“I’m about to see this band Rooney,” I say to my inquiring Uber driver. “I’ve loved them since high school, so I’m really nervous.”
“Oh, they’re from the UK, right?” he responds, going on and on about how much he loves them, too.
He’s wrong, but I don’t bother correcting him because we’re almost at the Teragram Ballroom, near Downtown Los Angeles. And I wasn’t lying; I was very nervous. It’s always a little nerve-racking meeting the object of decades of adoration. No one can possibly live up to the standards set inside the mind of a rabid fan.
Rooney entered my consciousness in the early 2000’s with the super-catchy “I’m Shakin'”. I remember my infatuation with the band was mostly due to Robert Schwartzman’s voice. I could never listen to a band for too long no matter how great everything else is if the vocals are weak. Robert is a damn good singer. I knew it then as a teenager, and I am so sure about it now as I listen to him rehearse backstage.
It’s not the proper way to do things, but a good way of predicting how nice a person is going to be is going off how nice the people around him are. So when I meet Hunter, Robert’s tour manager, my nerves calm down a bit. It’s a crazy night for the band. Apart from the show being sold out, their guest list is already at its highest capacity, and many last minute requests from friends and industry people are still pouring in. Not wanting to disappoint, Robert and Hunter personally check on who’s actually coming or not, a kind effort to accommodate as many people as possible.
Elsewhere in the room, band mates are going over the set list, stringing their guitars, and hanging out with their girlfriends. Occasionally, friends come in to say hi and then bye. One particular group of very attractive women catches the eyes of everyone outside backstage. They leave after a minute or so.
There’s still more than an hour left before doors open, and I tell Robert that there’s already a long line of fans waiting outside. “Want to go outside to the front?” he asks, quickly answering his own question. “Yeah, let’s go say hi.”
He waves to the early birds, and I take a couple of photos of him with them. Then, one by one, fans start approaching him for selfies. Eventually, he says hi to each person in line to make sure they get their photo.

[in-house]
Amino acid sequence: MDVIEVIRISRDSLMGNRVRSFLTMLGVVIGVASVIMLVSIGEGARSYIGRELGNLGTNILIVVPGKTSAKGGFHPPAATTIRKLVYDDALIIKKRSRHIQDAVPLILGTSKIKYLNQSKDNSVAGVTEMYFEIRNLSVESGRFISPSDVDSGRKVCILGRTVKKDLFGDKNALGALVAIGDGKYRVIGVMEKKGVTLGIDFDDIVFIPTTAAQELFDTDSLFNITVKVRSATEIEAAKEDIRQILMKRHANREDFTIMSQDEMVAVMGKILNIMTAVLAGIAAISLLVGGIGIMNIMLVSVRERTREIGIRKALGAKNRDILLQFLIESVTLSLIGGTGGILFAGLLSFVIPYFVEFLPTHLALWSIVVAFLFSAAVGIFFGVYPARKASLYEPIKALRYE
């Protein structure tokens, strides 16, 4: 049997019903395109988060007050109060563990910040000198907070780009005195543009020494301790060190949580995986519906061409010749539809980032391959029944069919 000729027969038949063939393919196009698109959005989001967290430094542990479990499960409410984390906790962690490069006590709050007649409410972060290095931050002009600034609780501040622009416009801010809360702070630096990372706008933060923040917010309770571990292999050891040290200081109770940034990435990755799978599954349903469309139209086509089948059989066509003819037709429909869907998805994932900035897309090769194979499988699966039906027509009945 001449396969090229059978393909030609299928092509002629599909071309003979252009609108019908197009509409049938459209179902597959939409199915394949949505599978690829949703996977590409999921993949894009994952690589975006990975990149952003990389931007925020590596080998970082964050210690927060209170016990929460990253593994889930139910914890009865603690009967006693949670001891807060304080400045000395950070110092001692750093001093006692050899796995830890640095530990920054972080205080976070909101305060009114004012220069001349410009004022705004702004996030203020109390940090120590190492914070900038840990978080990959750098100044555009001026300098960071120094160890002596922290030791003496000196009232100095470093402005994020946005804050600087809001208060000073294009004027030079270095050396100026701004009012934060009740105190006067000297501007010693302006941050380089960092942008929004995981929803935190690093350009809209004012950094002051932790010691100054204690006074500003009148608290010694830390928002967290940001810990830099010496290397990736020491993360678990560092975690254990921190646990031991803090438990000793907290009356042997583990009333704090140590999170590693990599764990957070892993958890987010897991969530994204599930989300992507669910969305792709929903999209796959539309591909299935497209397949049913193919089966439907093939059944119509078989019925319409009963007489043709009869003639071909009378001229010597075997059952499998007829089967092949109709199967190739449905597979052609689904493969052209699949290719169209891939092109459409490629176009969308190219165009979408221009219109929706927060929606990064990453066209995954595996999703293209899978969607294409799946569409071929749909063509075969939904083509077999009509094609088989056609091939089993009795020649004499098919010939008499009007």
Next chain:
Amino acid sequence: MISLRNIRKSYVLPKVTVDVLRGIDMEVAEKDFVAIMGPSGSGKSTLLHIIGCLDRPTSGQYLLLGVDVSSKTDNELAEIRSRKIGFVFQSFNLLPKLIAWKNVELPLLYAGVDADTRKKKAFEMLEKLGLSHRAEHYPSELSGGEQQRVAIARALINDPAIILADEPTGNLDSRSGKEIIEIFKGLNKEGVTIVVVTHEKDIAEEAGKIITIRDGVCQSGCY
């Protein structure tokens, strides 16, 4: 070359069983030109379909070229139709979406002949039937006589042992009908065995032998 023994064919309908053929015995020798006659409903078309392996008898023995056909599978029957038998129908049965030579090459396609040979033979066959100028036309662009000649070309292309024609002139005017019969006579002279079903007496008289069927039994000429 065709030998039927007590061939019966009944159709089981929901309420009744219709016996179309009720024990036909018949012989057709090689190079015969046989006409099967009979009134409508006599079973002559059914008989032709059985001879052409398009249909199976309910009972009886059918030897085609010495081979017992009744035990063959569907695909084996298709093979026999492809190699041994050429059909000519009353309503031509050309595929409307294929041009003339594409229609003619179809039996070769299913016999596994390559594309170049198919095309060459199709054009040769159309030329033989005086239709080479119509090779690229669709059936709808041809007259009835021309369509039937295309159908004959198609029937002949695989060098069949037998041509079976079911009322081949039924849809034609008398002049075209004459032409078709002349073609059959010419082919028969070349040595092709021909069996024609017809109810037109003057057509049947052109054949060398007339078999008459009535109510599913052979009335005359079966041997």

Working in this industry gives me the opportunity to meet all kinds of people, many of them incredibly famous. I have this theory that people who have been famous their whole lives ultimately end up being the most grounded. Or, at least they are great at seeming so. Perhaps it’s because they’ve had all this time to sort through the craziness.
On the other hand, this isn’t an entirely fair assessment. Bands who catapult into fame after being obscure for a while, playing to sparse crowds, aren’t always equipped to deal with what fame can throw at them. If you’re new to the business, you open yourself up to new situations. This industry is cruel to mental and emotional weakness. Social anxiety? Pre-show nerves? None of it matters. To them, you’re just being a bitch and that’s that. It’s hard to keep in mind that our favorite artists owe us nothing because we always want everything from them and more.
Anyway, what I’m trying to say is, based on the couple hours I spent around him, Robert Schwartzman seems like an incredibly well-adjusted, all-around nice guy, and even the people around him acknowledge that. He makes little to no fuss backstage, and for someone about to play a sold-out record release show, he is chill as can be.
He has every reason to be. Washed Away just came out and it’s already on iTunes’ Top 100. The venue is packed tonight, and everyone is excited. It’s a great night in California and Rooney are back.